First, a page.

My Work-Related Reading List

Earlier this month, I got to interview David Nicholls about how he adapted his own novel, the international bestseller One Day, into a screenplay for a movie starring Anne Hathaway and Jim Burgess, which opens in American theaters today. There are some significant changes in the film’s version of the story—some early scenes that took place in Rome in the novel, for example, were moved to Paris because the production was already going to Paris, and why add the cost of going to yet another country when you don’t have to? Some of the other changes, though, have a more distinctive narrative import; I won’t give away too many details in this post, because I don’t want to give away any spoilers, but Nicholls and I had a really interesting conversation about how the film might have actually improved upon the fifth act to a certain degree, reworking some scenes and streamlining some character relationships.

Despite all the changes, though, the film does preserve the emotional core of the story, which follows two friends from their college graduation through the 1990s and 2000s as their relationship matures, occasionally fumbles, then deepens—but only ever checking in on them on July 15. As A.O. Scott notes in today’s New York Times, the film isn’t perfect, but there’s a lot to like in it, including some very strong performances. (I was delighted to see Matt Berry from The IT Crowd in a single, hilarious scene midway through the picture.)

What else have I been reading lately? For the USA Character Approved blog, I talked about Penn Jillette’s God, No!, a collection of essays where he talks about why he’s an atheist and a libertarian, tells a few showbiz stories, and shares some truly raunchy anecdotes from his past, from the time he had sex while scuba diving to a bizarre accident involving a certain body part and a switched-on hair dryer. So it’s not Why I Am Not a Christian, but it will definitely get you thinking, and if you’re a fan of Penn & Teller (which I am), it’s certainly an afternoon’s entertainment.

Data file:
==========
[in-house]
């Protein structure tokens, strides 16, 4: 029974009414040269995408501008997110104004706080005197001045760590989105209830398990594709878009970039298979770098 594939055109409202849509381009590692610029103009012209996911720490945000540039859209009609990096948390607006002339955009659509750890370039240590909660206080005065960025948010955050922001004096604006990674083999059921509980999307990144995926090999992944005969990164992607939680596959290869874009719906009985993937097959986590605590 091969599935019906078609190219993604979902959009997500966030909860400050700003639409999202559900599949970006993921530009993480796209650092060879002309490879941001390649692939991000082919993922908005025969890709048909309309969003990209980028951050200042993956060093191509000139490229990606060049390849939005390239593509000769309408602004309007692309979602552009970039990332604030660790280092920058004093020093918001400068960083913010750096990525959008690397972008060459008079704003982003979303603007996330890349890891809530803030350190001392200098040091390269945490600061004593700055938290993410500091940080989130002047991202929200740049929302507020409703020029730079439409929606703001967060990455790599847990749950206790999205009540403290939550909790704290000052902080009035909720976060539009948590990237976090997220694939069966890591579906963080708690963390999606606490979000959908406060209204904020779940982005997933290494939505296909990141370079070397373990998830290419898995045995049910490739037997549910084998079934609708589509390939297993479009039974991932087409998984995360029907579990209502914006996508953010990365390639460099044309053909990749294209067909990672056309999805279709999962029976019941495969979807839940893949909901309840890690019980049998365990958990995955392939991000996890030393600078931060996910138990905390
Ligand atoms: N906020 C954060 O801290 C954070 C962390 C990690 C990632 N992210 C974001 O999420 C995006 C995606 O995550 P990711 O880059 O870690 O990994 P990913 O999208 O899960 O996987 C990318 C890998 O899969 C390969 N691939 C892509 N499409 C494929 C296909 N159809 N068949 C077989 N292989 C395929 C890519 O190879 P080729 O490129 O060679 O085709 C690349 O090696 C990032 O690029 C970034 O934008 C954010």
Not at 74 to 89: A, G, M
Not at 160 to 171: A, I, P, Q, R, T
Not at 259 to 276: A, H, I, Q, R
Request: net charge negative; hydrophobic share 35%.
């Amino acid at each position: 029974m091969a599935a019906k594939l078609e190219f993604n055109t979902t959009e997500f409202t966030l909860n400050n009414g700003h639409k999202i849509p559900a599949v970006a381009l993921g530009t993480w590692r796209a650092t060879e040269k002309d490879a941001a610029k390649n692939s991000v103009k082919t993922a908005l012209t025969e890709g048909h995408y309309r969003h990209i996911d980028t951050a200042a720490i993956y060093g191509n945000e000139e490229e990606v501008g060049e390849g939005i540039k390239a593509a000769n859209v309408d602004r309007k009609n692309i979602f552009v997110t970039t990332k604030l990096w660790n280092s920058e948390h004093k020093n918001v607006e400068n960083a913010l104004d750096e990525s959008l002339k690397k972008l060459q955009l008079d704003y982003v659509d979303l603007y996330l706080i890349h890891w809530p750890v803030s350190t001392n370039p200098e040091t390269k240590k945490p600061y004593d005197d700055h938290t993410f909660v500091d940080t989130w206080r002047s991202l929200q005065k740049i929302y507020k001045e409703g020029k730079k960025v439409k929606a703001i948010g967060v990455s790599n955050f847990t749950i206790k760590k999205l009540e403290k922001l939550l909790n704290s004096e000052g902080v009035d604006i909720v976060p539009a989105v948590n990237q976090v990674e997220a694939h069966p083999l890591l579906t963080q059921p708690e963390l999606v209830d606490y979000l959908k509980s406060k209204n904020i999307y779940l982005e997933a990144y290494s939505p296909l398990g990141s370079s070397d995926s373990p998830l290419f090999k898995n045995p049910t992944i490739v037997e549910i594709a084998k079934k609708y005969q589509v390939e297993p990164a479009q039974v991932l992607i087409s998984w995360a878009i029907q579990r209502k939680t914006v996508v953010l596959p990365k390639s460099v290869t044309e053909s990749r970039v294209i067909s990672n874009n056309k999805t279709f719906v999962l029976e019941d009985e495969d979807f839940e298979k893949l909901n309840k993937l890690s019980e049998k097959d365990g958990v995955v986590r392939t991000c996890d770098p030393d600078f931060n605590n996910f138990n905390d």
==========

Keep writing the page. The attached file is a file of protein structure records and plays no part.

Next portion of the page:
Over at Shelf Awareness, I’m back on the science fiction beat, reviewing Drew Magary’s debut novel, The Postmortal, a look at what happens to society when we discover a drug that will stop the body’s aging process. The story is very dark, and very satirical; I described it as “[hitting] the sweet spot between Margaret Atwood and Kurt Vonnegut.” If you like SF at all, you should definitely give this one a try.

Oh, and as long as I had David Nicholls in front of the video camera, I made sure to ask him about the book he was reading for the “Whatcha Reading?” series at He’s reading Great Expectations, which he’s currently adapting into a screenplay for a new production, directed by Mike Newell, which is scheduled to shart shooting this fall. But Nicholls has loved the book for a long time…

19 August 2011 | read this |

Read This: Philip Levine, Lev Grossman, Neal Stephenson

Philip Levine became America’s new poet laureate last week, so I put together a brief roundup of links to some of his best poems and a choice quote from his Paris Review interview for USA’s Character Approved blog. If I’d been able to fit it in, I’d also have included another quote from Levine’s 1999 Atlantic interview: “When I began writing poetry I thought language could do anything. And I thought I could do anything with language… But as I got older, I began to realize, both in daily living and in what I read and what I wrote, that I was often coming up against the limits of my ability to use language, or my ability to comprehend language.” Because Levine’s pushing up against those limits in ways few poets can match, engaging with the world in genuinely inspiring way—for all the recognition he’s received throughout his career, I’m really glad he’s been tapped for this honor.

I also wrote a Character Approved post about Concord Free Press giving its books away, which is supported by, among other things, their new e-book imprint, Concord ePress. And over at, the latest installment of my “Whatcha Reading?” video interview series features Lev Grossman’s enthusiasm for the upcoming Neal Stephenson novel, Reamde.

I caught up with Lev at a launch event for his own new novel, The Magician King. I’ve only just started reading, but it’s off to a fantastic start—easily as engrossing as The Magicians. “Imagine Harry Potter with authentic characters” has been the lazy reference point, but you know what, it works, so I’m going to stick with it. (Personally, I was sure there was a strain of John Bellairs influence in the first book, but when I asked Lev about it, he said he hadn’t read any Bellairs. So much for my career in literary detection!)

14 August 2011 | read this |

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